It all used to be so simple.
Easy enough, but let’s look at it today:
Hmmm. How did we get here?
The lines have blurred between television and mobile devices. The skillsets between these two devices have merged. Smart TVs have their own versions of the same popular apps you use on your phone (YouTube, Skype, Netflix, even Angry Birds), while today’s smartphones can stream high-quality video content from any number of sources, with the added convenience of being able to take it anywhere.
Until recently, television and mobile devices shared a complementary relationship. 65% of Americans use their smartphones while watching television and the smartphone has made watching television a more social experience with texting and live-tweeting during popular programming. While they are ultimately partners, today they are becoming increasingly similar, with the rise of OTT driving the merge.
OTT IS THE NEW MAINSTREAM
The majority of households in the U.S. have a Smart TV or streaming device (Roku, AppleTV, etc.) and the massive adoption of this technology has propelled OTT into the mainstream.
This adoption isn’t limited just to millennials: 45% of Americans 50 years or older use an OTT service. Every demographic is streaming. And they’re streaming a lot.
What’s driving the increase? Sure, the technology is cheaper and more accessible. But, there’s also a cultural shift, with the urge to “cut the cord” and gain more control over their viewing experiences capturing the popular imagination. 15% of OTT users watch zero live television and the bulk of users say they don’t miss live television at all. The rise of OTT has firmly staked its claim to the new content landscape, where the consumer is not only empowered but is demanding choice and accessibility.
WHAT ROLE DOES MOBILE PLAY?
A massive one.
Only a couple years ago, many tech pundits wondered if people would watch content for long periods of time on a device smaller than any TV screen. Turns out, about ⅓ of OTT consumers say the screen size has no impact on how long they watch and this will only increase as future generations only know video content consumption as a small screen activity.
The relationship between OTT and mobile is completely symbiotic: the average American OTT consumer spends 6.2 hours a day on their smartphones, with Millenials spending 7.2 hours with an average of 2.5 hours dedicated to viewing video content. What this is telling us is that if you’re a brand with a dedicated video content strategy, you can’t just have an OTT or mobile app. You need to be able to take advantage of both for a seamless viewing experience. To be successful, you can’t have one without the other.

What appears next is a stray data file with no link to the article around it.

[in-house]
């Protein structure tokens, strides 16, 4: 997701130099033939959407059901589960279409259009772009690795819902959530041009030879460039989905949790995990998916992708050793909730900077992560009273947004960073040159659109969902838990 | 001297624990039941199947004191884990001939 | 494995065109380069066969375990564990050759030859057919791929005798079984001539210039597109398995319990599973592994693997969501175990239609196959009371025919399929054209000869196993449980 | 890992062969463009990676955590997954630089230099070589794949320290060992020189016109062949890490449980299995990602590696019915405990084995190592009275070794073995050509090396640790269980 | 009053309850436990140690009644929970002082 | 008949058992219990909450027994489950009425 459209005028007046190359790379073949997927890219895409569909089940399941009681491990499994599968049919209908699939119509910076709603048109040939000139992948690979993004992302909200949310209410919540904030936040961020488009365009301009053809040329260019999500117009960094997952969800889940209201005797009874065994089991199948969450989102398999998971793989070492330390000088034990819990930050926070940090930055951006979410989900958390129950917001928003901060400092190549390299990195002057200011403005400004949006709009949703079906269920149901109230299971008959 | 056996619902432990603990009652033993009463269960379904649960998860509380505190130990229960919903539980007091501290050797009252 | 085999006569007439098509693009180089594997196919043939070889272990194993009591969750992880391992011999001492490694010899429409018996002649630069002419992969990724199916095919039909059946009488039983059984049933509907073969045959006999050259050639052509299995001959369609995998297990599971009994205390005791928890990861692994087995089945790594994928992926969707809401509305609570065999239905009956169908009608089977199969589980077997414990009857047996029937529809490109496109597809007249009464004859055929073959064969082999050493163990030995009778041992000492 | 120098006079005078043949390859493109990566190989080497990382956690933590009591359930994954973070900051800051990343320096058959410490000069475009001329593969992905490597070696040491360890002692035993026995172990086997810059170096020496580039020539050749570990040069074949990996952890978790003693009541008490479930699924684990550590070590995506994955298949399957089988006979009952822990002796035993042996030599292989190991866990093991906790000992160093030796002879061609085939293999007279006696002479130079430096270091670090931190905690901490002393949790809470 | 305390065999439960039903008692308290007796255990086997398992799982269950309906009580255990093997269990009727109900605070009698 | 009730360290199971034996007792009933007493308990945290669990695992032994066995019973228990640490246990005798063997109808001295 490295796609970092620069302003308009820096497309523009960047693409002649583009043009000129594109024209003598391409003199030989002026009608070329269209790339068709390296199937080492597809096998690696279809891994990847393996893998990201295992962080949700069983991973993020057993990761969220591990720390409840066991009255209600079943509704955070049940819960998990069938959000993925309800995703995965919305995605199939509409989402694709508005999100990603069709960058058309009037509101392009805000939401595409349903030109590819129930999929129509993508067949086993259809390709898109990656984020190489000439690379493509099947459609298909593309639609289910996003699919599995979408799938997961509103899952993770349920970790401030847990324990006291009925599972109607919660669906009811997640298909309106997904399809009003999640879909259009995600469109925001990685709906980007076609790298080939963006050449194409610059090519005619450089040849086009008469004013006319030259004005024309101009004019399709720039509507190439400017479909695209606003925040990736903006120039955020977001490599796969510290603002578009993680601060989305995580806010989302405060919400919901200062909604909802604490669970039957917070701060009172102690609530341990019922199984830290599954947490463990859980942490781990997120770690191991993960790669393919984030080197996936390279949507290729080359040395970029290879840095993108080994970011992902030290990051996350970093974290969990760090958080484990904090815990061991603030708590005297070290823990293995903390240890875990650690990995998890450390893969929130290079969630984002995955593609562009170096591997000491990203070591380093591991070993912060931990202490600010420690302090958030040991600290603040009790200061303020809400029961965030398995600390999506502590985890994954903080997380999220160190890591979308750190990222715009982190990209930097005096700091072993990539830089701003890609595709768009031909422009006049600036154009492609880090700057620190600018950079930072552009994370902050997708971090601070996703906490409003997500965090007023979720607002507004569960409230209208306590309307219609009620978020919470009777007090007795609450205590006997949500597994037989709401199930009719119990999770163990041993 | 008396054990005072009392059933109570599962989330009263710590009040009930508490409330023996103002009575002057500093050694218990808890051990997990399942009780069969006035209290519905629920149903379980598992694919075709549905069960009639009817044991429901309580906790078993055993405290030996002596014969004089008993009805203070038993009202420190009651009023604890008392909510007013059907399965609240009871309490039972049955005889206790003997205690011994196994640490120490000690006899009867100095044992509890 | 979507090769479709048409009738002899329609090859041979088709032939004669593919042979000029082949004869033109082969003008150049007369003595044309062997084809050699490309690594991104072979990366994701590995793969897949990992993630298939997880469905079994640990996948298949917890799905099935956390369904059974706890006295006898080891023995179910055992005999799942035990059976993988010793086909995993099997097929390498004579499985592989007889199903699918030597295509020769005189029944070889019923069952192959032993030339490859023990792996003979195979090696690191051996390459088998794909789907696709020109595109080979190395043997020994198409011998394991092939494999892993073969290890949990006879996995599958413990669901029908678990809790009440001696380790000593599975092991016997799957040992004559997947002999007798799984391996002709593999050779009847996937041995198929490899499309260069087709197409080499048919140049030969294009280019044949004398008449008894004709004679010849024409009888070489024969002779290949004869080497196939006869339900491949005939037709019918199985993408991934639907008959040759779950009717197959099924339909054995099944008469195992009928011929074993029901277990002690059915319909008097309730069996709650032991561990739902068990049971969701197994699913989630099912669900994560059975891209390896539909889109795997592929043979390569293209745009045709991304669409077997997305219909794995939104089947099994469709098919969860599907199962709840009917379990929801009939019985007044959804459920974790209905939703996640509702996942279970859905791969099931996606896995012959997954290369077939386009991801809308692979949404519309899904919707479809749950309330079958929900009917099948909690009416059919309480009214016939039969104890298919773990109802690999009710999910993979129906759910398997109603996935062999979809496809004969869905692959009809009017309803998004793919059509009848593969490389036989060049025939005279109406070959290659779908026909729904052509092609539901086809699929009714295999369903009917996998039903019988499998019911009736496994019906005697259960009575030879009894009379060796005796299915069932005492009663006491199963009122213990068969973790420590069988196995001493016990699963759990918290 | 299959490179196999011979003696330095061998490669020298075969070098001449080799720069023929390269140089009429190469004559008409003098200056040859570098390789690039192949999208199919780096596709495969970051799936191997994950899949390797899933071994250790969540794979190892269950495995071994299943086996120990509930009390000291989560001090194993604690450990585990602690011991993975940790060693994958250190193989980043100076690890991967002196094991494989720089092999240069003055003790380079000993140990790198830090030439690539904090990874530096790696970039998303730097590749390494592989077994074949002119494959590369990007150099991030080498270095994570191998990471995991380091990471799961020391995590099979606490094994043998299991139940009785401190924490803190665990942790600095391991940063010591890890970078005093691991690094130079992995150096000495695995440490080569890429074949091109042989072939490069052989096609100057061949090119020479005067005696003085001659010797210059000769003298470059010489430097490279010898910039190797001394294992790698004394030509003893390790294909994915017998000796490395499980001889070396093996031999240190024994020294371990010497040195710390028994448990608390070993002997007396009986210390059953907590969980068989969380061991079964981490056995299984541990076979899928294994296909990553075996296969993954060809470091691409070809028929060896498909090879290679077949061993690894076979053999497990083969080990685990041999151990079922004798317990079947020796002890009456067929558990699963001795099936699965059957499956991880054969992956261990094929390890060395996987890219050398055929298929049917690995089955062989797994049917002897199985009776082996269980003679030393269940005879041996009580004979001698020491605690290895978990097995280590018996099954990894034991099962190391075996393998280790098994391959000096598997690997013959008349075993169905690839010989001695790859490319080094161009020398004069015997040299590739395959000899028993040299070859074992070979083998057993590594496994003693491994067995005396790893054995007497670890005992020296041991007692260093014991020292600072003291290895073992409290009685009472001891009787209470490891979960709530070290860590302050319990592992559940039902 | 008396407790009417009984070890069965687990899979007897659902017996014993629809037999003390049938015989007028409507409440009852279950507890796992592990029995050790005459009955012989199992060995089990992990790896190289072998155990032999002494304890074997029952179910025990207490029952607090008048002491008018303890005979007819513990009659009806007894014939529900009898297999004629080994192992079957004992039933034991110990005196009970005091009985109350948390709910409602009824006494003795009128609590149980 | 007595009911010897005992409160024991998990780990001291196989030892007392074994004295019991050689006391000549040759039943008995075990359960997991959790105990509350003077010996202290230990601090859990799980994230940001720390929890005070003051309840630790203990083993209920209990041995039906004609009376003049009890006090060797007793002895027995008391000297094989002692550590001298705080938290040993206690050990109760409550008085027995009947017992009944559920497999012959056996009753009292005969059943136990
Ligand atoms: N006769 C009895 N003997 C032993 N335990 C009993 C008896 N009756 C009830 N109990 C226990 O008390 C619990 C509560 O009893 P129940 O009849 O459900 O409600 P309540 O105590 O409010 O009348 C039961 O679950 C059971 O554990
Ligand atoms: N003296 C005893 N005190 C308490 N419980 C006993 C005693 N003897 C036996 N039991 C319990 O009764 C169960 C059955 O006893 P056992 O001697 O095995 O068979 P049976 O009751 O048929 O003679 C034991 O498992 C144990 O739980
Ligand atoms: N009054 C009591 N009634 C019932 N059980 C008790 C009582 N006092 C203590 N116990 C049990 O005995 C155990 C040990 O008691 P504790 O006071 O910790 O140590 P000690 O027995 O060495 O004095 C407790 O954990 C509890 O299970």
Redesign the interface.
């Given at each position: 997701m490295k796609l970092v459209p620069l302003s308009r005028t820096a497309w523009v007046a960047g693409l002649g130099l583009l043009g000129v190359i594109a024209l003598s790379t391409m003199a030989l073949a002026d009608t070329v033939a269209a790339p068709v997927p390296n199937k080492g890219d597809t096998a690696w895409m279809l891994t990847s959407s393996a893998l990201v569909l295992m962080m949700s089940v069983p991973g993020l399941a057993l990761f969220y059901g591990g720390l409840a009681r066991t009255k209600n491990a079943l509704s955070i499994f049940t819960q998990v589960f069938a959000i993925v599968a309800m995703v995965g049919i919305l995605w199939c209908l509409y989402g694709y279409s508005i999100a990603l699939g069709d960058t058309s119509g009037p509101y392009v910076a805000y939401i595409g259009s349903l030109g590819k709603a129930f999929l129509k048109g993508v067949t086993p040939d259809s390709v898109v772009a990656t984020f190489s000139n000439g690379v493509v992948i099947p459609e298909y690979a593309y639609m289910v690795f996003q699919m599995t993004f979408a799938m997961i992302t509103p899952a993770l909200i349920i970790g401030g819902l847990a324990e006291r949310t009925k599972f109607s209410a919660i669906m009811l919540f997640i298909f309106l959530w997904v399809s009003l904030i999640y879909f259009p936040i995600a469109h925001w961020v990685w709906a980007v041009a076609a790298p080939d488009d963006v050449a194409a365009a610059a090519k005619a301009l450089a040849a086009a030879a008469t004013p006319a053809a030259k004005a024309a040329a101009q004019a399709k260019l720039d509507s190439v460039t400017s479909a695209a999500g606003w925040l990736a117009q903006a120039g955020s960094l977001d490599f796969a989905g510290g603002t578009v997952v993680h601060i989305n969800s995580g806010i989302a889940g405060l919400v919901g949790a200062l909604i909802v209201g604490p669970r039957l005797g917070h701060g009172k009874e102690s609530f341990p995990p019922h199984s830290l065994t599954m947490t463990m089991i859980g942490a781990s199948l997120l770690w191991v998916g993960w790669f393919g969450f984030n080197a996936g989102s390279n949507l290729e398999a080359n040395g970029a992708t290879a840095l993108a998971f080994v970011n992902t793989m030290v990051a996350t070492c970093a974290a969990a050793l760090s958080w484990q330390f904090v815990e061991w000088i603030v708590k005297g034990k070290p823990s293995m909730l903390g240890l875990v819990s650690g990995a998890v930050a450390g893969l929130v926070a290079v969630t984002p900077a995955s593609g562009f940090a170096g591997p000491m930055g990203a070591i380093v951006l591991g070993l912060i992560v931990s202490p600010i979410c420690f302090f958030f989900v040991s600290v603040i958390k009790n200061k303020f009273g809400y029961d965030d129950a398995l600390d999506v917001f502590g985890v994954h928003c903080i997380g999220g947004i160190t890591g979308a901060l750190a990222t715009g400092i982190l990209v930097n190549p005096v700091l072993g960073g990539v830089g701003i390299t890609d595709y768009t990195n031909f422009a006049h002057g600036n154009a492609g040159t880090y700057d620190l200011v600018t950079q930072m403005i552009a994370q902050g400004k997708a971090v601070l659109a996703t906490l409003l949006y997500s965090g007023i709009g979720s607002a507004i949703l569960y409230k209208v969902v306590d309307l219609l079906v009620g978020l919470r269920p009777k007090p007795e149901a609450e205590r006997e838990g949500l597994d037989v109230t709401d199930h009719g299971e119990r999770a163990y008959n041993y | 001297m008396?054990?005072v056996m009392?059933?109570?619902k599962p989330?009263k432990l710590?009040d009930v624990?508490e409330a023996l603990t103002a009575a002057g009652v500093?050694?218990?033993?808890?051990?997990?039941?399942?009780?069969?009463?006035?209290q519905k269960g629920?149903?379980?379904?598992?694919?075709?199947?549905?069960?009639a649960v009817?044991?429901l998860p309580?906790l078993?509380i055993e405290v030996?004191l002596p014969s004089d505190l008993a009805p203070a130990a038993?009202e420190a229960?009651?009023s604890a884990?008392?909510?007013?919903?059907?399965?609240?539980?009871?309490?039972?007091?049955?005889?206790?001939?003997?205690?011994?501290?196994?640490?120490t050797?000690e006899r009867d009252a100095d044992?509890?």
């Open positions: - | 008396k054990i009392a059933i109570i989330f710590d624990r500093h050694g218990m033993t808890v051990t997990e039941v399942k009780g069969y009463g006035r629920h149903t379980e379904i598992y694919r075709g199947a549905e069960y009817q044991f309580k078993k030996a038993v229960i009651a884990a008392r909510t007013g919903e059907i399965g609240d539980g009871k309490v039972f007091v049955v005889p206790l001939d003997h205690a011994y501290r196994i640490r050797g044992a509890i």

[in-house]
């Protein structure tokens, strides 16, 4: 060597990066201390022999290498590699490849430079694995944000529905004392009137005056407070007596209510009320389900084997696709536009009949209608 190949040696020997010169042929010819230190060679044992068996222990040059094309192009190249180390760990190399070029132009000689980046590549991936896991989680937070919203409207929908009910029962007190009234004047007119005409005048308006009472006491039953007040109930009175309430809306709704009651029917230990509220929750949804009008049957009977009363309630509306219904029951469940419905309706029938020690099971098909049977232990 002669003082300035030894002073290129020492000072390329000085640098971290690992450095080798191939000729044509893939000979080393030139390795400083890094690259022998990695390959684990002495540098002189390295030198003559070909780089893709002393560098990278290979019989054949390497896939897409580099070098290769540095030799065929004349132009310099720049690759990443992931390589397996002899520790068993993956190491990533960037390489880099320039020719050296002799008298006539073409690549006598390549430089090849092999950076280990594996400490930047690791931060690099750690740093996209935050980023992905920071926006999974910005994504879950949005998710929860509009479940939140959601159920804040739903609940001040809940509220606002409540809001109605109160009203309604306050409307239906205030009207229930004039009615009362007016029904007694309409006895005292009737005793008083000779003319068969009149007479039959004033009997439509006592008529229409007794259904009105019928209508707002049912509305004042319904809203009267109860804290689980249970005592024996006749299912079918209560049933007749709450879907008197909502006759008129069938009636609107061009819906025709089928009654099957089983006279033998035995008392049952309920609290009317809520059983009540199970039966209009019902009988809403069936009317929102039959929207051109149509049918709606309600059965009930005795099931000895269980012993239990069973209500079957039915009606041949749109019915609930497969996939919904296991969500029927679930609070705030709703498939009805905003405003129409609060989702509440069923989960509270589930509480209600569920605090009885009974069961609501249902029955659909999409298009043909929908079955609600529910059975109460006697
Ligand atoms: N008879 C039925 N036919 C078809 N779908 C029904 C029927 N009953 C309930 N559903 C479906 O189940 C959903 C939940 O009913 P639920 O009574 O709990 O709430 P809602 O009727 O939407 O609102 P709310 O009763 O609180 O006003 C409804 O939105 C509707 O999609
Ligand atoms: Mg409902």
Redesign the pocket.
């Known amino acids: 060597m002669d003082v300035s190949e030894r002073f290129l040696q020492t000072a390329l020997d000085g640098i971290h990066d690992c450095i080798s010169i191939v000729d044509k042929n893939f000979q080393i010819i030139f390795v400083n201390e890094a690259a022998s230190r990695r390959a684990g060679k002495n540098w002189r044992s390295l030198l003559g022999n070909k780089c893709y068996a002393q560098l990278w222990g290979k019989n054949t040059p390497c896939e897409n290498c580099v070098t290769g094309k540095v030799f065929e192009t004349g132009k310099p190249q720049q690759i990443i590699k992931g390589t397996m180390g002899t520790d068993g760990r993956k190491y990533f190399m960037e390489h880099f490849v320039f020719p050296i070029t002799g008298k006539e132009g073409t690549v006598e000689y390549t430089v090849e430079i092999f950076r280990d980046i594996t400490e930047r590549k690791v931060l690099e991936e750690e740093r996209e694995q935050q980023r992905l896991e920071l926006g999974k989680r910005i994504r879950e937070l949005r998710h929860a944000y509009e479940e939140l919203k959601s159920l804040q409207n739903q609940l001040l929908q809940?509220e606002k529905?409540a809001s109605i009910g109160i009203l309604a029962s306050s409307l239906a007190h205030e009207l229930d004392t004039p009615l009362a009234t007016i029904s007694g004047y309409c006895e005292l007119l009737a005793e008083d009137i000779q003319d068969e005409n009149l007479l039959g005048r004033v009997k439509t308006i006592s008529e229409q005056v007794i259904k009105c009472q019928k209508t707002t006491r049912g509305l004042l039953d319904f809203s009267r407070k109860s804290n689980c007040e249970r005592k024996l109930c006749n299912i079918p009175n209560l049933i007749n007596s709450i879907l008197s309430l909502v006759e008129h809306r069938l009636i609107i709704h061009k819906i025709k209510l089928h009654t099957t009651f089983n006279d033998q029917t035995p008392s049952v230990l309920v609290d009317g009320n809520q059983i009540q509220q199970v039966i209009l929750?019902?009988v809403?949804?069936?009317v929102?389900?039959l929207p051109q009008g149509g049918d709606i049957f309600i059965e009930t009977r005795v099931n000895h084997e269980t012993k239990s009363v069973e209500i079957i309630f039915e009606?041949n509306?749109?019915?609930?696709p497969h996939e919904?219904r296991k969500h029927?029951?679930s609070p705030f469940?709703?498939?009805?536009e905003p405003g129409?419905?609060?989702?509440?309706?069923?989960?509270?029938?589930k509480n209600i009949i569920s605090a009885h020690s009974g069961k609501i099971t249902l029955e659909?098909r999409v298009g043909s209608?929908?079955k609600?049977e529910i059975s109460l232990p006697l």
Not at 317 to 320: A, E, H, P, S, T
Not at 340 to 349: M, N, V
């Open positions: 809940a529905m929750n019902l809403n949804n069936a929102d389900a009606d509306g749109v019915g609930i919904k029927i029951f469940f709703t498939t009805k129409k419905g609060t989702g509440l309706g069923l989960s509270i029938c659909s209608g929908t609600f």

The landscape has changed. Viewers are cutting the cord in increasing numbers, foregoing traditional broadcasting in favor of forging their own path and watching the content they want, when they want it, at a price that seems fair to them.
This has opened the floodgates as traditional broadcasters and media publishers — along with tech companies and even mobile carriers themselves — competes to gain the attention (and increasing ad revenues) for this ever-growing user base. Each, however, is taking a different route to find the pot of golden users at the end of the on-demand-content rainbow.
Disney, Apple, and WarnerMedia (owned by AT&T) are releasing their own subscription OTT services utilizing their large resources and content libraries to take on Netflix and Hulu. Verizon just announced a cross-platform partnership with YouTubeTV allowing easy and seamless access to the service across Verizon’s mobile and Fios cable subscribers. T-Mobile is planning its own entry into the OTT space with a focus primarily on mobile and a partnership with Viacom.
Brands big and small with be competing to get their content everywhere and in front of you. There will be an abundance of choice though ironically in the quest for that, we made end up with costs similar if not higher than traditional cable. But we have now reached the point with mobile and tv are one and the same and if these usage rates continue along we may reach a time where mobile will be the preferred location to view content.